The Wizard came to bat in the bottom of the ninth with the score tied at 2 and having never hit a homer left-handed. He connected on Tom Niedenfuer’s fourth pitch for a homer off the façade of the lower deck at Busch Stadium. Jack Buck’s famous “Go crazy, folks!” call is by far the best known, but Scully was there, too, calling the game for NBC.

Oct. 5, 2001: Barry Bonds sets single-season home run record

Less than a month after 9/11, Barry Bonds broke Mark McGwire’s single-season home run record — one that stood for all of three years — with his 71st homer off the Dodgers’ Chan Ho Park. Scully narrated the shot with his usual professionalism, telling the audience — on both radio and TV — exactly what it needed to know. Nothing more, nothing less.

… And then there are the calls you didn’t know existed. More on that in a bit.

An ongoing appeal

Part of Scully’s allure with fans is that association with history and nostalgia, which, as he points out, is mostly a product of circumstance: His decades with the storied Dodgers coincided for many years with prominent networks gigs that put him in a position to witness a lot of big games and big moments.

It’s a confluence we’re unlikely to see again.

“There’s just so much turnover these days with broadcasters. You rarely see one announcer stick with one team for his whole career,” said Joe Lucia, associate editor at Awful Announcing, which studies sports media.

Further, Lucia said, “You don’t really see those type of legendary announcers get tabbed for these national games anymore. … Everyone is identifiable with their own team and that’s it.”

Part of Scully’s ongoing appeal also stems from how baseball consumption works in the 21st century, Lucia said.

“Anyone can just pull up a Dodger home game at any time and listen to a guy who called games for Jackie Robinson, for Duke Snyder and Willie Mays and all these legends of the game,” he said. “We can’t pull up a live Jack Buck or Harry Caray telecast. There’s just not anything like that anymore.”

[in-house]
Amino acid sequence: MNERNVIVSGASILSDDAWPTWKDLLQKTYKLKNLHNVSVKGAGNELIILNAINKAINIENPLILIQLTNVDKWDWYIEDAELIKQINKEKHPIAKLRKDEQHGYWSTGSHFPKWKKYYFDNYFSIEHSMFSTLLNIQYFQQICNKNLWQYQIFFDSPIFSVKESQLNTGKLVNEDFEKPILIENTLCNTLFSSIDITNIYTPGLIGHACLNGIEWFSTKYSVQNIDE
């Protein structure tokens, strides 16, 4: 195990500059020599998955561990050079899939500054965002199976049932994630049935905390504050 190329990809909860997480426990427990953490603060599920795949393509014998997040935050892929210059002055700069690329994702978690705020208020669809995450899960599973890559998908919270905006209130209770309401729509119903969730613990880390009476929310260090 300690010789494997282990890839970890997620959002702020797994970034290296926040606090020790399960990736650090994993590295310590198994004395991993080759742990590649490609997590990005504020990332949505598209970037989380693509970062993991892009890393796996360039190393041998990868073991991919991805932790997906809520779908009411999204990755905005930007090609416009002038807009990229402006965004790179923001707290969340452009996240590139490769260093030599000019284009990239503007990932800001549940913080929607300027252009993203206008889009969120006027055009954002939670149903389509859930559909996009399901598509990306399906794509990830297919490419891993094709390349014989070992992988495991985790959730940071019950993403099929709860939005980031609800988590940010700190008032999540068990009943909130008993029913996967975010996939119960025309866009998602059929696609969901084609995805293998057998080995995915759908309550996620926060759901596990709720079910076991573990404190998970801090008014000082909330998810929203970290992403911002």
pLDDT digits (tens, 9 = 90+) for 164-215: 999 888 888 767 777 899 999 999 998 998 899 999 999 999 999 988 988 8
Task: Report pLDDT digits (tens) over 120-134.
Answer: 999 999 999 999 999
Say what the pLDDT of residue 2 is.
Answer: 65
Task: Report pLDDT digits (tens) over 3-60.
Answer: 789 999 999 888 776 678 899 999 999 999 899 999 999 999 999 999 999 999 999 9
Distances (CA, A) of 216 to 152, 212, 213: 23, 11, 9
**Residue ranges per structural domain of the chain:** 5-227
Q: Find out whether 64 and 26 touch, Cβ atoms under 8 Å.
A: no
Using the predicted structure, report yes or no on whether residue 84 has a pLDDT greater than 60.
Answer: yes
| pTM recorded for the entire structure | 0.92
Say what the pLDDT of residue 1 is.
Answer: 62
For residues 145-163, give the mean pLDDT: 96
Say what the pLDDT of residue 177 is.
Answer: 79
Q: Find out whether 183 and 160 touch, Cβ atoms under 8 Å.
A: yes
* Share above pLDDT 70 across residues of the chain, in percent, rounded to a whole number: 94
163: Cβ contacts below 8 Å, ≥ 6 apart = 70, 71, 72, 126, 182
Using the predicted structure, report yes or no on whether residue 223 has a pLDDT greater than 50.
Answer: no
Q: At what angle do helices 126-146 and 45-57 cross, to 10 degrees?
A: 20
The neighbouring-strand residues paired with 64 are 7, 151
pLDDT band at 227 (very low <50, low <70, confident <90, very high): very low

Though he may have lost some spunk in his older years, Scully has remained largely the same announcer for six decades. And the appeal of his simple approach to calling a game is as strong with younger fans as older ones — perhaps, Lucia said, a sign that parents have passed down the Joy of Scully to their children, who then passed it down to their children.

“He doesn’t have a color guy in the booth with him. He doesn’t really rely on graphics or shtick or statistics or anything like that. He tells stories about these players,” Lucia said. “And that’s not something you really see at all with broadcasters anymore. And when he retires, that’s not something we’re really ever going to get again.”

‘There’ll never be another Vin Scully’

Even those who work with Scully are in awe of what he’s seen.

“It’s fun when we have a chance to sit down and chat,” said Glenn Diamond, who grew up in Los Angeles listening to Scully on the radio and now is his producer at SportsNet LA. “There are certain things throughout my childhood that I remember. I’ve asked him about some of those iconic moments, and he’s given me a lot of the insight.”

Diamond has picked Scully’s brain about calling Don Drysdale’s 58-inning scoreless streak in 1968, about the particulars of long-gone stadiums such as Forbes Field in Pittsburgh and Crosley Field in Cincinnati, about other moments he remembers hearing on his transistor radio as a child.

The best tale Diamond has heard from Scully is his recollection of the Dodgers’ clubhouse after they lost to the Giants on Bobby Thomson’s “Shot Heard ‘Round the World” in 1951. (Yes, Scully was there for that, too. Because of course he was.)

The locker rooms at the Polo Grounds were in center field and close together, so the Dodgers could hear the Giants’ euphoric celebration as their clubhouse remained in depressed silence. As one might imagine, Scully paints a vivid picture.

“Everybody has seen the home run a million times, but to hear Vin tell the story about having to be with a very sad clubhouse … was very different,” Diamond said.

More than six decades removed from such moments, Scully, amazingly, recalls them with clarity.

“He’s very retrospective. The man is a storyteller,” Diamond said. “That’s who he is and what he is. … There’ll never be another Vin Scully. ”